Oxford Archaeology (OA) has been commissioned by Historic England to assess the potential risk to buried archaeological remains as a result of the installation of trench arch drainage systems in churchyards. The project is primarily desk-based and involves gathering information on different designs of trench arch drainage systems; collecting data on the prevalence of these systems in different dioceses and the reasons for their installation; and identifying examples where installation has resulted in physical impacts to archaeological remains. The project will provide an assessment of the expected risks from installation and use of these systems.
Employing in-house archaeologists and specialists in human osteology, GIS, heritage management and environmental archaeology, OA is working in consultation with experts in the degradation of archaeological human bone and objects from the Department of Archaeological Sciences, University of Bradford; a specialist in the construction and design of trench arch systems and a diocesan archaeological adviser.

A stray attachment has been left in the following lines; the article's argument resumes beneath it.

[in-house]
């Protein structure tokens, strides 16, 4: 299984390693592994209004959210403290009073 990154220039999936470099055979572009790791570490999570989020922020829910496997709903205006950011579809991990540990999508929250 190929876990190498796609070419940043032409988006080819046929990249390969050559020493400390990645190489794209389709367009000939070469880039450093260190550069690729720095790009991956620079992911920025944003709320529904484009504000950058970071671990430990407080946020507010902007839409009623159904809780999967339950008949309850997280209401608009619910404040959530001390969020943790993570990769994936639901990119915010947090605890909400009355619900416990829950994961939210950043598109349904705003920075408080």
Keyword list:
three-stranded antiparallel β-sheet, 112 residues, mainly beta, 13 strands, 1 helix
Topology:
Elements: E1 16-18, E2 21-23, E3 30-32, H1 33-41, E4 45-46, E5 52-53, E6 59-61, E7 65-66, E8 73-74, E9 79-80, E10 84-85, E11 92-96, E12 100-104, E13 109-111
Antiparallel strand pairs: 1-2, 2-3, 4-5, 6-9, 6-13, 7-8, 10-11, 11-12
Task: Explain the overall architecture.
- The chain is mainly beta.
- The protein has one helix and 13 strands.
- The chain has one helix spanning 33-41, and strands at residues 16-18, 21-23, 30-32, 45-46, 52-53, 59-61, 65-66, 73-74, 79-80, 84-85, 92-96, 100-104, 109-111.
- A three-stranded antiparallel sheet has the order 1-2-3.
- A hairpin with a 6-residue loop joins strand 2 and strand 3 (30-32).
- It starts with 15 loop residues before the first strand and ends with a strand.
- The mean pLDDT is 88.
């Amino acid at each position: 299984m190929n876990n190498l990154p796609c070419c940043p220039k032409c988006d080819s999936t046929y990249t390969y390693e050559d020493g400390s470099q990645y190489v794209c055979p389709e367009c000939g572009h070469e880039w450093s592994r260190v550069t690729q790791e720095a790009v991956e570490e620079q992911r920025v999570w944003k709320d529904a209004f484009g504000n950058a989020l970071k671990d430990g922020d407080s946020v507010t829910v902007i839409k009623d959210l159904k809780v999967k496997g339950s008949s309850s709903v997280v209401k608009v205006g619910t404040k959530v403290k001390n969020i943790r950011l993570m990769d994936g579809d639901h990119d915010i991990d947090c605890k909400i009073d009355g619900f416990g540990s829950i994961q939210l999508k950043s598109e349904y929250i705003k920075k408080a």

The final report will inform Historic England’s future advice on faculty applications and help others involved in decisions made under the Ecclesiastical Exemption and secular planning system. Future guidance will draw on this current project, to meet the overall aim of achieving a balance between conserving heritage and continuing to promote the use of churches by the community in the long term.
We are inviting archaeologists, who have worked on a trench arch drainage scheme in a churchyard, to complete our online survey by 11th September 2015. The survey should not take more than 30 minutes.
Please click here to be taken to the survey :
Thank you for your time. Your help in making this work practical, accurate and well informed is greatly appreciated.